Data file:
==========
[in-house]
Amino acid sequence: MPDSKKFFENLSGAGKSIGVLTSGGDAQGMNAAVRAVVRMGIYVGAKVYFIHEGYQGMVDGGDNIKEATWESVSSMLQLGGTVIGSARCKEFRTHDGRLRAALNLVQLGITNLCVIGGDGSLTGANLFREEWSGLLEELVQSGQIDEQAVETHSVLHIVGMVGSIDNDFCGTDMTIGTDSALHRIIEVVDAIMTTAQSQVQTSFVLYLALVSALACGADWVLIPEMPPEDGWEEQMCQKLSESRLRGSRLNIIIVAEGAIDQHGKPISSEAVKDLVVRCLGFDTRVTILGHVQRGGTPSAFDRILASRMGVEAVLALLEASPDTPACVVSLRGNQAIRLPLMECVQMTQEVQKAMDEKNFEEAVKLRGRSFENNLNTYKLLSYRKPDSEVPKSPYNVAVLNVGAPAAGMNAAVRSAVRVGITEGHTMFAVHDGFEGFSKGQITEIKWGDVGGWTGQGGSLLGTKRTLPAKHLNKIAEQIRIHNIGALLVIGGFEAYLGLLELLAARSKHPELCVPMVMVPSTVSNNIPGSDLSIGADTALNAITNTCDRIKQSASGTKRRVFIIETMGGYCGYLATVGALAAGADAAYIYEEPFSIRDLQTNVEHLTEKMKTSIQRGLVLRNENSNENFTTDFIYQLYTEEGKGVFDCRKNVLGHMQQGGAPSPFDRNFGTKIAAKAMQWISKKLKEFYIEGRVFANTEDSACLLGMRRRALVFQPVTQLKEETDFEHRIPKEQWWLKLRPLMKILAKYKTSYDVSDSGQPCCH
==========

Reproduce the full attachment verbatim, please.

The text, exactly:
[in-house]
Amino acid sequence: MPDSKKFFENLSGAGKSIGVLTSGGDAQGMNAAVRAVVRMGIYVGAKVYFIHEGYQGMVDGGDNIKEATWESVSSMLQLGGTVIGSARCKEFRTHDGRLRAALNLVQLGITNLCVIGGDGSLTGANLFREEWSGLLEELVQSGQIDEQAVETHSVLHIVGMVGSIDNDFCGTDMTIGTDSALHRIIEVVDAIMTTAQSQVQTSFVLYLALVSALACGADWVLIPEMPPEDGWEEQMCQKLSESRLRGSRLNIIIVAEGAIDQHGKPISSEAVKDLVVRCLGFDTRVTILGHVQRGGTPSAFDRILASRMGVEAVLALLEASPDTPACVVSLRGNQAIRLPLMECVQMTQEVQKAMDEKNFEEAVKLRGRSFENNLNTYKLLSYRKPDSEVPKSPYNVAVLNVGAPAAGMNAAVRSAVRVGITEGHTMFAVHDGFEGFSKGQITEIKWGDVGGWTGQGGSLLGTKRTLPAKHLNKIAEQIRIHNIGALLVIGGFEAYLGLLELLAARSKHPELCVPMVMVPSTVSNNIPGSDLSIGADTALNAITNTCDRIKQSASGTKRRVFIIETMGGYCGYLATVGALAAGADAAYIYEEPFSIRDLQTNVEHLTEKMKTSIQRGLVLRNENSNENFTTDFIYQLYTEEGKGVFDCRKNVLGHMQQGGAPSPFDRNFGTKIAAKAMQWISKKLKEFYIEGRVFANTEDSACLLGMRRRALVFQPVTQLKEETDFEHRIPKEQWWLKLRPLMKILAKYKTSYDVSDSGQPCCH